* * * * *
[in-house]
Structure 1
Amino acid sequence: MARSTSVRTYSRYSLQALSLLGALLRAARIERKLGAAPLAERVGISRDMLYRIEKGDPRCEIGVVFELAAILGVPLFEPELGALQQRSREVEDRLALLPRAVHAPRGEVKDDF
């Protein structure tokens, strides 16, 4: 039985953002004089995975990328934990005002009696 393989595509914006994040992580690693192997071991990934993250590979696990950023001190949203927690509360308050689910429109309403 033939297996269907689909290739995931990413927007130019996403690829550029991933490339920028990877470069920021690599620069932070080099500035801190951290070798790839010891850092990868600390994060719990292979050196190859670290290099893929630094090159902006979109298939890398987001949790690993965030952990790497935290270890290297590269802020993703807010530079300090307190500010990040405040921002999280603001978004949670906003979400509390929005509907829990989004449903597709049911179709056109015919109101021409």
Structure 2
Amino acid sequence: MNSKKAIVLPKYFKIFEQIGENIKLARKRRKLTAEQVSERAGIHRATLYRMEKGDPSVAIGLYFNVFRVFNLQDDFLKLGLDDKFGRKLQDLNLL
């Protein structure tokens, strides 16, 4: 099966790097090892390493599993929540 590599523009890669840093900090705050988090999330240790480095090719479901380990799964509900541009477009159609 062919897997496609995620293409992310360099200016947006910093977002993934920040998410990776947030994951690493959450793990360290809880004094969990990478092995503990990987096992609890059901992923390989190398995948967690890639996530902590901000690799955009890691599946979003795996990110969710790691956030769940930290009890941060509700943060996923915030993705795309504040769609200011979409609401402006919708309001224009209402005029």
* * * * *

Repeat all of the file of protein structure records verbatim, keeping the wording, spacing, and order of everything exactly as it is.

[in-house]
Structure 1
Amino acid sequence: MARSTSVRTYSRYSLQALSLLGALLRAARIERKLGAAPLAERVGISRDMLYRIEKGDPRCEIGVVFELAAILGVPLFEPELGALQQRSREVEDRLALLPRAVHAPRGEVKDDF
């Protein structure tokens, strides 16, 4: 039985953002004089995975990328934990005002009696 393989595509914006994040992580690693192997071991990934993250590979696990950023001190949203927690509360308050689910429109309403 033939297996269907689909290739995931990413927007130019996403690829550029991933490339920028990877470069920021690599620069932070080099500035801190951290070798790839010891850092990868600390994060719990292979050196190859670290290099893929630094090159902006979109298939890398987001949790690993965030952990790497935290270890290297590269802020993703807010530079300090307190500010990040405040921002999280603001978004949670906003979400509390929005509907829990989004449903597709049911179709056109015919109101021409």
Structure 2
Amino acid sequence: MNSKKAIVLPKYFKIFEQIGENIKLARKRRKLTAEQVSERAGIHRATLYRMEKGDPSVAIGLYFNVFRVFNLQDDFLKLGLDDKFGRKLQDLNLL
């Protein structure tokens, strides 16, 4: 099966790097090892390493599993929540 590599523009890669840093900090705050988090999330240790480095090719479901380990799964509900541009477009159609 062919897997496609995620293409992310360099200016947006910093977002993934920040998410990776947030994951690493959450793990360290809880004094969990990478092995503990990987096992609890059901992923390989190398995948967690890639996530902590901000690799955009890691599946979003795996990110969710790691956030769940930290009890941060509700943060996923915030993705795309504040769609200011979409609401402006919708309001224009209402005029």